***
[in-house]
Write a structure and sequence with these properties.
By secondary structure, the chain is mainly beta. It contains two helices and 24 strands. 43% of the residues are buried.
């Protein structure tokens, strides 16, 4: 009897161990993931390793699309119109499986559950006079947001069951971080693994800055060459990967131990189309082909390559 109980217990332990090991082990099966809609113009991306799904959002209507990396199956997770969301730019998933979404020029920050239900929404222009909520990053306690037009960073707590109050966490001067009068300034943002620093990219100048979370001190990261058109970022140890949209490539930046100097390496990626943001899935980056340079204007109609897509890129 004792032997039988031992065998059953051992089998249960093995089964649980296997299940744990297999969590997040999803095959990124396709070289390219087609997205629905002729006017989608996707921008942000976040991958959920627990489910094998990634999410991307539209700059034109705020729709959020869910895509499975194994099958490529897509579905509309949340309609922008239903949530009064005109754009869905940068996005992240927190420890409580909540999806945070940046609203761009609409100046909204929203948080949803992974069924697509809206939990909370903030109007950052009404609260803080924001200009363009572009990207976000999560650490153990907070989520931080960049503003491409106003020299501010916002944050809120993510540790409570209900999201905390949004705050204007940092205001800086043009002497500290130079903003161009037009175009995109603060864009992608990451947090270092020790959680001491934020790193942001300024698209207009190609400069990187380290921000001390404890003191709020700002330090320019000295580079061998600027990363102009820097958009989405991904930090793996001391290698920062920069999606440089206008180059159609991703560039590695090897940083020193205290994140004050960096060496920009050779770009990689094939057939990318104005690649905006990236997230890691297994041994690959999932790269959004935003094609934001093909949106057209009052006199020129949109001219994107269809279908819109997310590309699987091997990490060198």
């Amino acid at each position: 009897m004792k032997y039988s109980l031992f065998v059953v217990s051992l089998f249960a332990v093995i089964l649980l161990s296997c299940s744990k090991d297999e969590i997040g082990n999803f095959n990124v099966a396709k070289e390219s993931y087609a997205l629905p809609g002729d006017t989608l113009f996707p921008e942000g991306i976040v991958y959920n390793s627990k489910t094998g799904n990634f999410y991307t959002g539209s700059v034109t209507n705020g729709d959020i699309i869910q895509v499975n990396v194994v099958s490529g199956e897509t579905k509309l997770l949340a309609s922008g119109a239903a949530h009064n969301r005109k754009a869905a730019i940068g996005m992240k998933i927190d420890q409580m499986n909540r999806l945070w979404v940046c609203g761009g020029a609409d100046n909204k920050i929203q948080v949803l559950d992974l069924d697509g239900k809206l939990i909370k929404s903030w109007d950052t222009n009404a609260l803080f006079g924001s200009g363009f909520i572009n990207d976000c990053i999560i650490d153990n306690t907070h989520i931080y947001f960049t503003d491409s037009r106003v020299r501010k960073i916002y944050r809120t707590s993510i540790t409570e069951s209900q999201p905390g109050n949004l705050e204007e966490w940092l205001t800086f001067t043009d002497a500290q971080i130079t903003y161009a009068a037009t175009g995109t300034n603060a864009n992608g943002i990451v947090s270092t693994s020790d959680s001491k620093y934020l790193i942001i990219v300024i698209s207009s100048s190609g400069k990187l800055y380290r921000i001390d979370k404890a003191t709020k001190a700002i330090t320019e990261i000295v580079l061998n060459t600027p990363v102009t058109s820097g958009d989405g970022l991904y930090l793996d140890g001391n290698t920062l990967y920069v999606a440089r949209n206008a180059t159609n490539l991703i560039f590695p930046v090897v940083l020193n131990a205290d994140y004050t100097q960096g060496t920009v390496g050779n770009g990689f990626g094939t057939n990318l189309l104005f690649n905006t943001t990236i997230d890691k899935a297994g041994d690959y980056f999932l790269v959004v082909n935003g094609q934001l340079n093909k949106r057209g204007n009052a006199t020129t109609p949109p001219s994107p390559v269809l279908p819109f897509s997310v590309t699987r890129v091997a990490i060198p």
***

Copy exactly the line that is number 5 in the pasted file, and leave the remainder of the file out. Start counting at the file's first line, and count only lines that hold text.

């Amino acid at each position: 009897m004792k032997y039988s109980l031992f065998v059953v217990s051992l089998f249960a332990v093995i089964l649980l161990s296997c299940s744990k090991d297999e969590i997040g082990n999803f095959n990124v099966a396709k070289e390219s993931y087609a997205l629905p809609g002729d006017t989608l113009f996707p921008e942000g991306i976040v991958y959920n390793s627990k489910t094998g799904n990634f999410y991307t959002g539209s700059v034109t209507n705020g729709d959020i699309i869910q895509v499975n990396v194994v099958s490529g199956e897509t579905k509309l997770l949340a309609s922008g119109a239903a949530h009064n969301r005109k754009a869905a730019i940068g996005m992240k998933i927190d420890q409580m499986n909540r999806l945070w979404v940046c609203g761009g020029a609409d100046n909204k920050i929203q948080v949803l559950d992974l069924d697509g239900k809206l939990i909370k929404s903030w109007d950052t222009n009404a609260l803080f006079g924001s200009g363009f909520i572009n990207d976000c990053i999560i650490d153990n306690t907070h989520i931080y947001f960049t503003d491409s037009r106003v020299r501010k960073i916002y944050r809120t707590s993510i540790t409570e069951s209900q999201p905390g109050n949004l705050e204007e966490w940092l205001t800086f001067t043009d002497a500290q971080i130079t903003y161009a009068a037009t175009g995109t300034n603060a864009n992608g943002i990451v947090s270092t693994s020790d959680s001491k620093y934020l790193i942001i990219v300024i698209s207009s100048s190609g400069k990187l800055y380290r921000i001390d979370k404890a003191t709020k001190a700002i330090t320019e990261i000295v580079l061998n060459t600027p990363v102009t058109s820097g958009d989405g970022l991904y930090l793996d140890g001391n290698t920062l990967y920069v999606a440089r949209n206008a180059t159609n490539l991703i560039f590695p930046v090897v940083l020193n131990a205290d994140y004050t100097q960096g060496t920009v390496g050779n770009g990689f990626g094939t057939n990318l189309l104005f690649n905006t943001t990236i997230d890691k899935a297994g041994d690959y980056f999932l790269v959004v082909n935003g094609q934001l340079n093909k949106r057209g204007n009052a006199t020129t109609p949109p001219s994107p390559v269809l279908p819109f897509s997310v590309t699987r890129v091997a990490i060198p």